A Guide to Freezing and Defrosting Fruit
Whether you are taking a bite of a crisp apple or tucking into a punnet of plump and juicy raspberries, fresh fruit is a healthy, affordable and delicious addition to any diet. Nutritionists recommend that we eat at least 5 portions of vitamin-packed fruit and vegetables per day for good health, so try to fill your plate with a rainbow of berries, citrus fruits, stone fruits and tropical fruits whenever possible.
Freezing fruit is a great way to preserve it for future use. Fruit tastes best when it is in season, for example, strawberries are at their sweet, fragrant prime in the 20 weeks between May and October, whereas British favourite Gala apples are most crunchy and delicious from late September to early May. Freezing fruit when it is in season allows you to enjoy it at its best all year round.
Whether you plan on eating fresh fruit in its raw form, using it to make delicious drinks such as this exotic mango and passionfruit smoothie or to create delicious pies, bakes, jams and preserves, you can freeze fruit so it stays in perfect condition for months to come. It’s an easy and affordable way of ensuring you have a store of ingredients at hand whenever you need them.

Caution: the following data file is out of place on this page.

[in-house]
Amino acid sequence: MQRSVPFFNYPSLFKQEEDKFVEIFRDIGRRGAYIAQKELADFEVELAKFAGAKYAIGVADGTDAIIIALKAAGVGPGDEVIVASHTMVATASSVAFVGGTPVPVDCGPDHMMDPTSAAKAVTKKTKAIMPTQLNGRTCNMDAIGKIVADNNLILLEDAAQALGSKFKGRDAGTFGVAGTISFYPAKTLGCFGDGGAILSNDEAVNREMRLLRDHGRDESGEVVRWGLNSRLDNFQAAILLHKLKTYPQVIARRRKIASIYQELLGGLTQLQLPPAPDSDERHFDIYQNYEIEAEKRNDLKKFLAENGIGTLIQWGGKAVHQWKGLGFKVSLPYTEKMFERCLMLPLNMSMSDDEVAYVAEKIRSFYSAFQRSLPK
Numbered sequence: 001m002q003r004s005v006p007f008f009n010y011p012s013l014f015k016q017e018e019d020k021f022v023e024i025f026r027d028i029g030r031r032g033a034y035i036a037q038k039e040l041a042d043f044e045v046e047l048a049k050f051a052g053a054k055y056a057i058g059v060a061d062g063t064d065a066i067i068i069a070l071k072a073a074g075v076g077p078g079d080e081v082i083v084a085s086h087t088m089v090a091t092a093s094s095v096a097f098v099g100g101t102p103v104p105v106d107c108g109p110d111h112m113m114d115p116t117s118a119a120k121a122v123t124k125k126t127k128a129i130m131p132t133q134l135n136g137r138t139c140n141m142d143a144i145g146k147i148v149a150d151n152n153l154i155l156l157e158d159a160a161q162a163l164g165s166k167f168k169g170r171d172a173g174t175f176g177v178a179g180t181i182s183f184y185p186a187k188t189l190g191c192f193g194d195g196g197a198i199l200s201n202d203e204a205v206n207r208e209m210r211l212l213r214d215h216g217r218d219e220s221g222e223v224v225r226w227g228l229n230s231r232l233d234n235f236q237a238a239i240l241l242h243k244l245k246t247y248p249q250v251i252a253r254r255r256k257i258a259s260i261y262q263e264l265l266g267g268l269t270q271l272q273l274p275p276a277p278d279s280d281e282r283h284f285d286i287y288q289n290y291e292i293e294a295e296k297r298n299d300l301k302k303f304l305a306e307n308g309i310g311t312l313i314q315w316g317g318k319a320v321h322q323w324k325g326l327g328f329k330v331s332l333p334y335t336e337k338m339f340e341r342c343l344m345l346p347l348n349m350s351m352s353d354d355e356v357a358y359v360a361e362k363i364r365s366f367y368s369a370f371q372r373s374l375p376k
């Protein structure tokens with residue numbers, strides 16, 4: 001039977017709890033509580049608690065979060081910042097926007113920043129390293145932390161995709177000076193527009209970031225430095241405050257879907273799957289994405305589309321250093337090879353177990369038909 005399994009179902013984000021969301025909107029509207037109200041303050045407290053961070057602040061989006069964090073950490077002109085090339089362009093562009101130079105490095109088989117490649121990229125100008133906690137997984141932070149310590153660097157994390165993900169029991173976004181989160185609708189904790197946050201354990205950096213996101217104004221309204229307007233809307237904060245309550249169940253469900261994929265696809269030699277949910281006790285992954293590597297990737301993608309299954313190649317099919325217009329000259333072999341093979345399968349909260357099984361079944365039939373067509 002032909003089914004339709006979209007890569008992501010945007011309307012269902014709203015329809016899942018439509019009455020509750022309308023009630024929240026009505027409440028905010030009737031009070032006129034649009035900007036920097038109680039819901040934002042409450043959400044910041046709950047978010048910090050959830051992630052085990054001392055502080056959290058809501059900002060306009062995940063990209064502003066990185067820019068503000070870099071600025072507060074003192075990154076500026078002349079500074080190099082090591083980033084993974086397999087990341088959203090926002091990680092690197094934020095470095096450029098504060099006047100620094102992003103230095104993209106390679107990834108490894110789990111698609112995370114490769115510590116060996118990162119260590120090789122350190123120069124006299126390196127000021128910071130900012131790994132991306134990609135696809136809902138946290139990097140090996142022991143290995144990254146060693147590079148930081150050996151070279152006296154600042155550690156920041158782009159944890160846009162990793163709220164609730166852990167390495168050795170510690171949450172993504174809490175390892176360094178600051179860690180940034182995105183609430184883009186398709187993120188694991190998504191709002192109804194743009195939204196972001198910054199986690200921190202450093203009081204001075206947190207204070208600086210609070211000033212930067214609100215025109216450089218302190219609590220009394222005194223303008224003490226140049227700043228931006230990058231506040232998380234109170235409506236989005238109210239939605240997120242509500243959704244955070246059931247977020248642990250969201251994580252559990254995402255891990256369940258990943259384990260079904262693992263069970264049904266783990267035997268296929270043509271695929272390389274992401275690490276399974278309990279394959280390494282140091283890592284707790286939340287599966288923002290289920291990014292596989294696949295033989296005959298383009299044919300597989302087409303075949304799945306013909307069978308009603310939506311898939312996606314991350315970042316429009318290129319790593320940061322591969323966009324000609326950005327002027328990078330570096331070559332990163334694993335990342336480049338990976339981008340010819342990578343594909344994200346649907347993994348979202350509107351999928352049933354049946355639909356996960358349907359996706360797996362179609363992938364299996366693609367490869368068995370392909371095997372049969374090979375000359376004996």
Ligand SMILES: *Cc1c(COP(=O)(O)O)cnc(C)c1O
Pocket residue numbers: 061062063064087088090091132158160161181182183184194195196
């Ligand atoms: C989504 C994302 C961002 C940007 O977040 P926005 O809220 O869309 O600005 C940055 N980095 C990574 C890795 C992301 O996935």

Check out this guide to freezing and defrosting fruit and thank yourself later!
How to freeze fruit
Freezing fruit couldn’t be easier. If you are wondering how to freeze apples or how to freeze rhubarb, the process is the same. First, wash and dry whatever fruit you wish to preserve. Then, prepare the fruit as you would if you were going to use it immediately. For example, peel and core apples, strip rhubarb of its stalks and strings and remove the pits from apricots. It’s a good idea to chop bigger fruits into bite size pieces, but you can leave smaller fruits like berries and grapes whole.
Next, pop your fruit in a freezer bag and label it with the date and contents. Be sure not to overfill the bag, because pieces of fruit are prone to getting stuck together when stored at sub-zero temperatures. Remove as much air as possible from the bag prior to freezing, to prevent the fruit from getting ice crystals or freezer burn.
Whether you are freezing a batch of blueberries to add to your morning porridge or keeping a store of seasonal strawberries to make jam in the autumn, frozen fruit is safe to eat for an indefinite period of time, but it’s recommended that you thaw and enjoy it within 3 months to ensure it tastes best.
How to thaw frozen fruit
When it comes to thawing frozen fruit, you just need to take it out of the freezer, and submerge the wrapped fruit in cold water. Fruit with a high water content may change consistency after it thaws, for example, berries and citrus fruit can be more watery. Defrosted bananas can appear mushier than they would from fresh, but they are still perfectly suitable for using in smoothies, or for making delicious banana bread. Most fruit can be added to recipes straight from the freezer, but you might prefer to use fresh fruit to garnish.
Now you know how to freeze and defrost fresh fruit, it’s time to put your skills to practice and try out one of these delicious fruity recipes.